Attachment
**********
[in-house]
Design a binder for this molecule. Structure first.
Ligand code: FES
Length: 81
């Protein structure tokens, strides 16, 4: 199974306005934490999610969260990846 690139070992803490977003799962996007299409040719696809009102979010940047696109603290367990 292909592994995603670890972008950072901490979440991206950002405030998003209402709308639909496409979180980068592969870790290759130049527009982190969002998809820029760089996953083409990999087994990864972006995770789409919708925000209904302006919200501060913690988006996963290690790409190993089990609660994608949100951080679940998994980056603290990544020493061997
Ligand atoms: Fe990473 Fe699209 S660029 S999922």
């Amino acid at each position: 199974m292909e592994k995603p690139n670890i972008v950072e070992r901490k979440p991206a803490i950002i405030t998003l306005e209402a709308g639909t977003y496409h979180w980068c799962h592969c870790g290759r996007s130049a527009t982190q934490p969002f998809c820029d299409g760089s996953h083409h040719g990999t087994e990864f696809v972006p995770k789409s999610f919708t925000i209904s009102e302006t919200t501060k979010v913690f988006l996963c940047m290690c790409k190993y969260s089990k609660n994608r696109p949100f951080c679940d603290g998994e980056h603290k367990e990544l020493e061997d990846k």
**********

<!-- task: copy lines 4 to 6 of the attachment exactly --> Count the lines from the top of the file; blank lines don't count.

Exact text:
Length: 81
């Protein structure tokens, strides 16, 4: 199974306005934490999610969260990846 690139070992803490977003799962996007299409040719696809009102979010940047696109603290367990 292909592994995603670890972008950072901490979440991206950002405030998003209402709308639909496409979180980068592969870790290759130049527009982190969002998809820029760089996953083409990999087994990864972006995770789409919708925000209904302006919200501060913690988006996963290690790409190993089990609660994608949100951080679940998994980056603290990544020493061997
Ligand atoms: Fe990473 Fe699209 S660029 S999922």